"What chance did Osama's killers give the people in the World Trade Center? Those burned, shattered, or who jumped from the 100th floor in a panic? For bin Laden, a human life was nothing."
"No, Mr. Ströbele, the chancellor is right. It is right that this misanthrope is dead."
The center-left Süddeutsche Zeitung writes:
"Officially it was a sea burial, but it was more of an ocean dumping of political hazardous waste: US soldiers threw the body of the al-Qaida chief into the sea. That is ugly, but comprehensible. The grave of the terror leader could have become a pilgrimage site for his followers. But does bin Laden leave the Arab-Muslim world anything behind to hold onto?"
"Anyone who celebrates the death of the al-Qaida leader as a victory over militant Islam is mistaken. The terror group could be dying off, but new forms of jihad could arise under certain conditions. Only just, modern social conditions provide protection from bin Laden's legacy in Muslim nations. With the Arab Spring, the people are moving in this direction, without help from the West."
"The victory over al-Qaida -- if it comes -- will be far more than the success of American high-tech warriors. It will also be to the credit of the Muslims in Egypt, Tunisia and Libya."
The Financial Times Deutschland writes:
"Bin Laden's death presents a big chance. US President Barack Obama must now keep his promises to build bridges to the Muslim world. Above all he must push for a fair and neutral agreement between Israel and the Palestinians. At the same time the West must define itself as a hearty friend of the Arab society that is rising from the ruins of dictatorship."
"Bin Laden became famous as the Muslims were seeking a way out of their dependence on the West. But he wanted to take them several hundred years into the past. The Muslims must now find a way out of this political cul-de-sac. The heroes of extremism are dead or dying, the ideology is bankrupt."
The conservative Die Welt writes:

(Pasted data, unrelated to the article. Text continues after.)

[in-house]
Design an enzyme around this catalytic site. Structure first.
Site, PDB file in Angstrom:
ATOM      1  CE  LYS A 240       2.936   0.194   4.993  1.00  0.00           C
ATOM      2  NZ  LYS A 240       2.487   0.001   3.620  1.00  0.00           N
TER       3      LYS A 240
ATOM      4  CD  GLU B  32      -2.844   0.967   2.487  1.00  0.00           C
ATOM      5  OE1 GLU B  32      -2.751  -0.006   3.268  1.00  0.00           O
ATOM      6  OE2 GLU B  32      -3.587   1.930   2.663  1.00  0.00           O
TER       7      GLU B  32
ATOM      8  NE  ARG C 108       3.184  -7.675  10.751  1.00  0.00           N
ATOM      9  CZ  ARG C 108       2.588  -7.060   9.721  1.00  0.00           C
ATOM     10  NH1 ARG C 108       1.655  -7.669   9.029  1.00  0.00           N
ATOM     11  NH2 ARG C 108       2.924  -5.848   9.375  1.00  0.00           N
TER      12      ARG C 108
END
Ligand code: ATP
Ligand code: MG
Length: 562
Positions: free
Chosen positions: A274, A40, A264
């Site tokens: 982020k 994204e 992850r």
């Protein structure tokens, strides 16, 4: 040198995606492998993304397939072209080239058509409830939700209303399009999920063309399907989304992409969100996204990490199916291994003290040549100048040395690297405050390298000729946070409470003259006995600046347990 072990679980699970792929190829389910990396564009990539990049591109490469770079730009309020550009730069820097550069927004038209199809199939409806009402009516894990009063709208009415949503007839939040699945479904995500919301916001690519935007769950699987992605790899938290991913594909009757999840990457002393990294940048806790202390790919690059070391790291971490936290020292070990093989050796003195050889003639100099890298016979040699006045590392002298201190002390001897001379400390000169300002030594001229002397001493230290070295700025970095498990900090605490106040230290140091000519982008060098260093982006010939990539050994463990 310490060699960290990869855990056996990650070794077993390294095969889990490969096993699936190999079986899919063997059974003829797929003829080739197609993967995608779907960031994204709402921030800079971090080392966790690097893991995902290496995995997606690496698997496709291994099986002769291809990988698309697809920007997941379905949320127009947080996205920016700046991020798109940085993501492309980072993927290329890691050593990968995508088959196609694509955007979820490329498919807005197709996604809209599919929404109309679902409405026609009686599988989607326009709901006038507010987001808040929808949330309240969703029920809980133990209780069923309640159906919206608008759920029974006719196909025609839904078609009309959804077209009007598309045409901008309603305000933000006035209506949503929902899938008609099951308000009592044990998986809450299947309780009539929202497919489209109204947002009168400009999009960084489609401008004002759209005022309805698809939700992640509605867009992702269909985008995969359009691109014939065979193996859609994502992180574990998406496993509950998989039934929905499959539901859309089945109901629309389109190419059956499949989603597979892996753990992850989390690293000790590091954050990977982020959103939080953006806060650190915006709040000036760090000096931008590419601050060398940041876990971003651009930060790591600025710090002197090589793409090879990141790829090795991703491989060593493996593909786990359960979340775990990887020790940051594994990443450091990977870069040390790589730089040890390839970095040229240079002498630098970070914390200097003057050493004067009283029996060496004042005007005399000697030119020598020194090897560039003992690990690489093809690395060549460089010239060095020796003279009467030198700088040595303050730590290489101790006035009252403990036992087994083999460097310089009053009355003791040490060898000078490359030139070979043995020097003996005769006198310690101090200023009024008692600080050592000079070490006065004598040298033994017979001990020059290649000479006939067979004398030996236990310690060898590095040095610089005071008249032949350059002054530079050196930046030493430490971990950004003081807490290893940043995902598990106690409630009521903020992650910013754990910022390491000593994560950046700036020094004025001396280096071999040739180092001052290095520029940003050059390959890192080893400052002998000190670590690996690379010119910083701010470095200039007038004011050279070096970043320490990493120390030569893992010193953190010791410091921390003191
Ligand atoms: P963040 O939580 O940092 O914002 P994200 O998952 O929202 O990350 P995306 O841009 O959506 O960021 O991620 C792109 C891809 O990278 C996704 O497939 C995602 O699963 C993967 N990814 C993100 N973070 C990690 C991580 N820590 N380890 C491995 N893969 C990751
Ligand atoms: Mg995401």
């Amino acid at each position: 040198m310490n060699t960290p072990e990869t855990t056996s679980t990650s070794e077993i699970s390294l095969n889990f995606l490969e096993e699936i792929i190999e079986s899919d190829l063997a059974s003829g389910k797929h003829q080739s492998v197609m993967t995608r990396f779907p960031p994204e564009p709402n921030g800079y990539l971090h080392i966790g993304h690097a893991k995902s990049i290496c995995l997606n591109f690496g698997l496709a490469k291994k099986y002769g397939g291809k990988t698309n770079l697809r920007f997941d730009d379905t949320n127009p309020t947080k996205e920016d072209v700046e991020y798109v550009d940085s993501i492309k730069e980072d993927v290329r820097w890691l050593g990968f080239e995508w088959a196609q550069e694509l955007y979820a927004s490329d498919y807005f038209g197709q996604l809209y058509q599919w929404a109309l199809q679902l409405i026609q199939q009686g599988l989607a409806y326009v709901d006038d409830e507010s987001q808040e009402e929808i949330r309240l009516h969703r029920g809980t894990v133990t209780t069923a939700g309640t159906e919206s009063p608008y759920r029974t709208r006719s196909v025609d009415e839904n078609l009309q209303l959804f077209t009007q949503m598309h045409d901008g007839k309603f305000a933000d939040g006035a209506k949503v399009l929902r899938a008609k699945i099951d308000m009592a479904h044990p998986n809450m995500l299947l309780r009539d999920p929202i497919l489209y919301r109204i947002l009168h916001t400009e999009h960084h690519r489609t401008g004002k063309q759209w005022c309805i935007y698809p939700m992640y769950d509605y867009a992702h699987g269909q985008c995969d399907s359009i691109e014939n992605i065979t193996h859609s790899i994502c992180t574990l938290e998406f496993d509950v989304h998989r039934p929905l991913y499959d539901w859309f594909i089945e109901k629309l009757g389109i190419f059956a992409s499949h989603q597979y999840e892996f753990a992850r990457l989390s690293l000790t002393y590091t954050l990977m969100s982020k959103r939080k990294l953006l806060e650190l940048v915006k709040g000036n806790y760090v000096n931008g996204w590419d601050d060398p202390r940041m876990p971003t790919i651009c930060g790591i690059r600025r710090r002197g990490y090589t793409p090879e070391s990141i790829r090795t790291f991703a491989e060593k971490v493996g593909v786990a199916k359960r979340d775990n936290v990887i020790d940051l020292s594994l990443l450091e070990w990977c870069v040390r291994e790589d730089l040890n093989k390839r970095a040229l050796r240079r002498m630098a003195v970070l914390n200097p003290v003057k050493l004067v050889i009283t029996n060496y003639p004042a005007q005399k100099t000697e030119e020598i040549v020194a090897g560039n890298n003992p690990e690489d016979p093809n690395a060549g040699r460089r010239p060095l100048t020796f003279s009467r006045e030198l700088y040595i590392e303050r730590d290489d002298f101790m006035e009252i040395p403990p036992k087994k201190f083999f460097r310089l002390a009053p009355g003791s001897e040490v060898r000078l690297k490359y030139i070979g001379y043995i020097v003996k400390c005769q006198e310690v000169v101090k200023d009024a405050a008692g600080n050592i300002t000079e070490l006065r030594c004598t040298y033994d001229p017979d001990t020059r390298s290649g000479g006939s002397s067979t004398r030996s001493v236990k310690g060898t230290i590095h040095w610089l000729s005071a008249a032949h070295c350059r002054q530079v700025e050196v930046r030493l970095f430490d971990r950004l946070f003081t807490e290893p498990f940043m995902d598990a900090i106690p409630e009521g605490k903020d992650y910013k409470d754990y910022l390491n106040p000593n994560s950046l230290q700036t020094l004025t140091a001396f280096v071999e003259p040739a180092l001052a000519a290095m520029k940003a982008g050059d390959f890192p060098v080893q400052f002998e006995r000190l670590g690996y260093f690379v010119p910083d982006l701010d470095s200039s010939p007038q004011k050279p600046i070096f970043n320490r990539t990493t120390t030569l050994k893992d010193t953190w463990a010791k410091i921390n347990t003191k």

"Mission accomplished? The goals of the last 10 years of fighting, dying and killing have not been reached objectively."
"Afghanistan is and remains a country without any reliable governing power, where terrorists continue to find refuge."
"Revenge for 9/11 -- that was the logic of Operation Enduring Freedom for many Americans. The death of bin Laden is enough for them now. Election campaigns and budgetary restraints are also an issue. The West's long-planned retreat from Afghanistan will likely be accelerated. Bin Laden would have been pleased."
The center-right Frankfurter Allgemeine Zeitung writes:
"The domestic political outcomes of the death of Public Enemy Number One are likely easier to predict than in foreign and security policy: They will probably be limited."
"George H. W. Bush lost to the widely unknown democrat Bill Clinton in 1992 despite his shining victory against Saddam Hussein, because the economy failed to gain momentum. For Obama the gutsy operation against bin Laden will mean little in the face of the enormous federal debt, the gaping budget deficit and high unemployment."
"In a paradoxical turn, America's waning fear of terrorism after bin Laden's death could reduce Obama's chance of re-election. The saying, 'It's the economy stupid!' got Clinton into the White House in 1992. The message will be the same in 2012."
-- Kristen Allen